ROBBIE SAVAGE: I never dreamed, after spending another £180million in the summer, that Manchester United would go backwards so fast this season. It's unbelievable
» Wrexham match Man City achievement as Ryan Reynolds impact made clear
Red Dragons head coach Phil Parkinson spoke glowingly about his team's success over the course of 2023 as the hard work of Ryan Reynolds and Rob McElhenney has started to pay off
» David de Gea considering retirement with Man Utd stars furious over his treatment
David de Gea has not signed for another club since his departure from Manchester United in the summer and he could retire as he waits for the right opportunity to come
» EA FC 24 Mad Ready promo revealed – Ultimate Team Nike promo featuring Virgil van Dijk
The first promo squad of EA FC 24 has been revealed in Ultimate Team, though it's pretty underwhelming
» Charlie Savage catching eye of big clubs after impressive start at Reading
Charlie Savage, son of former Birmingham and Leicester midfielder Robbie, left Manchester United in the summer and has hit the ground running with League One Reading
» Jurgen Klopp admits Liverpool are still missing 'mentality monsters' despite resurgence
Liverpool came from behind for the fourth time in six games against LASK in the Europa League, but Jurgen Klopp believes that his current side are not yet at the level of his past squads
» Lionel Messi injury update as Inter Miami boss discloses latest developments
Gerardo "Tata" Martino has addressed Inter Miami talisman Lionel Messi's fitness woes after the Argentine superstar was withdrawn before half-time during the MLS club's last fixture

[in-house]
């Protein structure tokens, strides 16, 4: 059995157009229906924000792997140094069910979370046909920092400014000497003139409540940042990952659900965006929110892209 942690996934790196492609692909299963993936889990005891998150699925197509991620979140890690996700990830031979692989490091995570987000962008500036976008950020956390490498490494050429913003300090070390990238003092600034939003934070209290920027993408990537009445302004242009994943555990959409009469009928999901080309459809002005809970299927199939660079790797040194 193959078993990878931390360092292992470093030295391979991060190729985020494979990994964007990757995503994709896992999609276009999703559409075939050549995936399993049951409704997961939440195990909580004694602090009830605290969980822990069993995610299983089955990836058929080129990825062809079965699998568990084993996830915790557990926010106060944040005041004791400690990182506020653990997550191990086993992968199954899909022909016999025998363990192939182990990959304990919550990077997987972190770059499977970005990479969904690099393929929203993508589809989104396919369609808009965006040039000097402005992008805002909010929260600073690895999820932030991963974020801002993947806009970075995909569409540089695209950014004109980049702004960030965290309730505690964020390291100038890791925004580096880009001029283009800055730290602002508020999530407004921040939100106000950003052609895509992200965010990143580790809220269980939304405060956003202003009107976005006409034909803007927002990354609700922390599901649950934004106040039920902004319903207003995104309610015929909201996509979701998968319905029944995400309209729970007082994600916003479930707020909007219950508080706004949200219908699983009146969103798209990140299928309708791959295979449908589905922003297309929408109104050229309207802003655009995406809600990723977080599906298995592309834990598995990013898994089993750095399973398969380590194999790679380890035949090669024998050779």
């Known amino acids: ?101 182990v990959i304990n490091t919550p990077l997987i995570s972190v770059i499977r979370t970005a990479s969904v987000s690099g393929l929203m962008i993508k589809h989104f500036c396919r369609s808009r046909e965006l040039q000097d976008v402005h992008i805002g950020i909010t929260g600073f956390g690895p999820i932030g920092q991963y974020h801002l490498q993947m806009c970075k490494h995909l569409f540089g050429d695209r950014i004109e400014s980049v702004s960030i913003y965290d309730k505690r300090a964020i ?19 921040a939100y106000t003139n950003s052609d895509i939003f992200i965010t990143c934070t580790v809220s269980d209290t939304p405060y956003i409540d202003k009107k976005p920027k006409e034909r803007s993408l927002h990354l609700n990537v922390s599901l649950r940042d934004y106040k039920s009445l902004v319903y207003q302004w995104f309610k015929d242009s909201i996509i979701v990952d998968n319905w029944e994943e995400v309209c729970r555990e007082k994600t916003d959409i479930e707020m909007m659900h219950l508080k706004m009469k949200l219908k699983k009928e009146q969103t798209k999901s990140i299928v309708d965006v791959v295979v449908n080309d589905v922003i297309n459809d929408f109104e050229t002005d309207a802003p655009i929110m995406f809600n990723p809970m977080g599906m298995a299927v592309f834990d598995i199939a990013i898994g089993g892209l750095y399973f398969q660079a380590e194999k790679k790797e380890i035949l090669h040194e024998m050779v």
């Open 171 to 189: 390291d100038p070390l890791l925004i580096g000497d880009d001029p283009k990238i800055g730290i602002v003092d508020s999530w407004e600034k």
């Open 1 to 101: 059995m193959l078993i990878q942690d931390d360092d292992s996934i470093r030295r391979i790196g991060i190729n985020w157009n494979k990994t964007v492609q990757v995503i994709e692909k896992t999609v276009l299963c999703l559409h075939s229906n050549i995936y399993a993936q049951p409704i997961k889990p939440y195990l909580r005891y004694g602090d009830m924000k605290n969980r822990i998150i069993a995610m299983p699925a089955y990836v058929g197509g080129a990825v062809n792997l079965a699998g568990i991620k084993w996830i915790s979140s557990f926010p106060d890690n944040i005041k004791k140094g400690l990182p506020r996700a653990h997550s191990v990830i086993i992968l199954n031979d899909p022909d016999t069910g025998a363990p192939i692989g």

» EA FC 24 review – best gameplay in years and vital mode upgrades kick off EA's new series
Ultimate Team feels better than ever in EA FC 24, whilst more care and attention has been put into less popular game modes, although Career Mode continues to disappoint.
» Bruno Fernandes hands Erik ten Hag new dilemma with clear feelings on Man Utd role
Mason Mount will return to Manchester United selection within the next week with Bruno Fernandes having already offered his insights on what he can bring to the team
» Cardiff City Ladies make statement managerial appointment in bid for Champions League
Cardiff City Ladies are the only Welsh club competing in the English women's system and were recently taken over by a consortium fronted by the multi-billion pound company Canva
» Man Utd injury news: Erik ten Hag offers update on five players including Sofyan Amrabat
Manchester United will still be without a number of important players when they make the trip to Vincent Kompany's Burnley according to Red Devils boss Erik ten Hag
» Erik ten Hag selects Man Utd wonderkid to solve "biggest issue" of season so far
Kobbie Mainoo has not featured for Manchester United this season due to injury but he looks set to play his way into Erik ten Hag's side as soon as he returns to fitness

Other sport news:

» Spain deliver determined message and performance to match against Sweden
  • Sweden 2-3 Spain
  • Late goal secures win in first game since World Cup triumph

Fists clenched and raised, “Se Acabó” and “10” scrawled across taped wristbands, tired faces and a rolled banner clutched by captain, Alexia Putellas.